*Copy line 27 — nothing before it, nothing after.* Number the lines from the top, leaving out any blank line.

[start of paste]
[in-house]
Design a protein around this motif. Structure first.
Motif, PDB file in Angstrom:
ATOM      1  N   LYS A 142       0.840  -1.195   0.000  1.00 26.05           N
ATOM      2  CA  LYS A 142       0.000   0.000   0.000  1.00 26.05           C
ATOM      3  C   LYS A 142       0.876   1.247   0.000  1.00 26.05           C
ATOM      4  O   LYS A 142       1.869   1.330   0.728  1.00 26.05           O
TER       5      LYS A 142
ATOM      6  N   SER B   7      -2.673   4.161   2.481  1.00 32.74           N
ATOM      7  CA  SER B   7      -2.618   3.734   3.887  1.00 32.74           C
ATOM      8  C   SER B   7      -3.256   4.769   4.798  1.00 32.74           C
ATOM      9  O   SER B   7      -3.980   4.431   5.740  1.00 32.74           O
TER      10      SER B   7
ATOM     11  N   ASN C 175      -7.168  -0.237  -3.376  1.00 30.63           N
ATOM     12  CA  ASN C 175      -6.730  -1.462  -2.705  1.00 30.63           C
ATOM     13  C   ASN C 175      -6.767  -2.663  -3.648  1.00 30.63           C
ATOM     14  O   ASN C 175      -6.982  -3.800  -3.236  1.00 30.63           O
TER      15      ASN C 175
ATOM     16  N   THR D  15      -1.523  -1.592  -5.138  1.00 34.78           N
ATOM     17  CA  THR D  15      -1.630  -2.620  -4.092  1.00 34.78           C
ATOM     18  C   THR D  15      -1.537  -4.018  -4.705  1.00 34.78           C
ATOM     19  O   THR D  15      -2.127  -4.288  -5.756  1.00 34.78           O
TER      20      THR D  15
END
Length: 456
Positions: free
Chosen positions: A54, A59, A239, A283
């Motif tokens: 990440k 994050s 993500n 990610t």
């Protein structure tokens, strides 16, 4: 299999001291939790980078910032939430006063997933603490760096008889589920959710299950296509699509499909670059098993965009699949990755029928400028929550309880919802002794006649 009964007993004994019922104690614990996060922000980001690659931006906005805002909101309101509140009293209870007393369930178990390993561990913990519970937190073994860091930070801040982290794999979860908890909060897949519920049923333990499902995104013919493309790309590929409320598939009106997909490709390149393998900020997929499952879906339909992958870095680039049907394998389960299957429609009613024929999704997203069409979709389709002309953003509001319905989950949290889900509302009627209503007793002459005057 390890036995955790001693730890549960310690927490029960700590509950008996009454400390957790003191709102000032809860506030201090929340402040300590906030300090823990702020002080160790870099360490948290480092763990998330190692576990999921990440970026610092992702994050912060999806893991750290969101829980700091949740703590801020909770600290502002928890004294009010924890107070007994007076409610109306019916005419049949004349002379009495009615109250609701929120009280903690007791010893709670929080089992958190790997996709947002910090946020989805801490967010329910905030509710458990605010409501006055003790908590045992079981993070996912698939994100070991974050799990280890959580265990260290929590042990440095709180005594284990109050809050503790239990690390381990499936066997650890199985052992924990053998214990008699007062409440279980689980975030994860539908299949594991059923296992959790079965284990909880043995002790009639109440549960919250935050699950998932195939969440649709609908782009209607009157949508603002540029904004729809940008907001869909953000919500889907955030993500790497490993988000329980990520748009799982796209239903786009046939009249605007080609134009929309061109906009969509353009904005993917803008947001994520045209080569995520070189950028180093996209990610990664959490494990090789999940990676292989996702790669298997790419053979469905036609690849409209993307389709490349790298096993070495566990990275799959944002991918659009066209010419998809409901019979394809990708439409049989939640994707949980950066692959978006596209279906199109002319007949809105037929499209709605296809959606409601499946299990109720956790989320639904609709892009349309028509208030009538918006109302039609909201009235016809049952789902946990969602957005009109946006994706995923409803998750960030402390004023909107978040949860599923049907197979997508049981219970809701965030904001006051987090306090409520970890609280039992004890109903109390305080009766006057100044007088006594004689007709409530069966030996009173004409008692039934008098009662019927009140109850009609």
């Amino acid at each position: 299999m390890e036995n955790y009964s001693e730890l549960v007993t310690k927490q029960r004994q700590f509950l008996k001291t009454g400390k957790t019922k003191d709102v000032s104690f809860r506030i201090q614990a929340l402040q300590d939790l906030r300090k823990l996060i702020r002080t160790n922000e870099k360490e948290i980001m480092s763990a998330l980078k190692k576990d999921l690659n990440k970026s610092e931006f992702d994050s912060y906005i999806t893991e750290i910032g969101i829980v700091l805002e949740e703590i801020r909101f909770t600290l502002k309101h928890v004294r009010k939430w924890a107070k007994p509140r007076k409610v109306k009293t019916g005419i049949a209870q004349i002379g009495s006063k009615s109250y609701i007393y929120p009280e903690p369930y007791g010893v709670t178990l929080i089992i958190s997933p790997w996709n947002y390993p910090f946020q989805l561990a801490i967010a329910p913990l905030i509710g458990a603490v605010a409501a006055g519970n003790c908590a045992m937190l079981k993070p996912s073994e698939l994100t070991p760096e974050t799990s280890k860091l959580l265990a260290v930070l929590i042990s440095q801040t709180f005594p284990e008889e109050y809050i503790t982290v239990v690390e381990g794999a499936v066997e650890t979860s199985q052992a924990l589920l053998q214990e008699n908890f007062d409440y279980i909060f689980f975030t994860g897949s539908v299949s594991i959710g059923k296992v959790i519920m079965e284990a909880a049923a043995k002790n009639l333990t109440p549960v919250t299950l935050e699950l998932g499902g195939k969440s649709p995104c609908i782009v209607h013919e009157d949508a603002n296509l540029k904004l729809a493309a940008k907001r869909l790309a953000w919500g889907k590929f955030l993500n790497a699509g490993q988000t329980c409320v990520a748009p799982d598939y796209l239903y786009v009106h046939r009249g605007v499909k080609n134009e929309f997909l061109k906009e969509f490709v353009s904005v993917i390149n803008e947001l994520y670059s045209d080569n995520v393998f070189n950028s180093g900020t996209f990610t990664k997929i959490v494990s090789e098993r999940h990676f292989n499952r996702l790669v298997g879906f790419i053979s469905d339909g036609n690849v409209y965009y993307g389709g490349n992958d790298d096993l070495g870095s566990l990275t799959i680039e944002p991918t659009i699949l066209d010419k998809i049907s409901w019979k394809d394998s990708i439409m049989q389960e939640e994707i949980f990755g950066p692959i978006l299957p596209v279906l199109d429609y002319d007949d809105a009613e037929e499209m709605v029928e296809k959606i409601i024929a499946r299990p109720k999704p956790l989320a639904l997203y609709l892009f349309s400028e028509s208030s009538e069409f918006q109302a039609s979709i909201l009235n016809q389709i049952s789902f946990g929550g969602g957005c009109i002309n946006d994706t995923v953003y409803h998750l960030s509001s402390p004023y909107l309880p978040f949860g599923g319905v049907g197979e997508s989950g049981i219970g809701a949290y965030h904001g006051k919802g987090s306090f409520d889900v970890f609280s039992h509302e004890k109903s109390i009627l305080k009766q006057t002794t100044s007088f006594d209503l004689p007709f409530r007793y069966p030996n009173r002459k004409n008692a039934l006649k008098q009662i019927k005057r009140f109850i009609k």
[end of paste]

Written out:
Chosen positions: A54, A59, A239, A283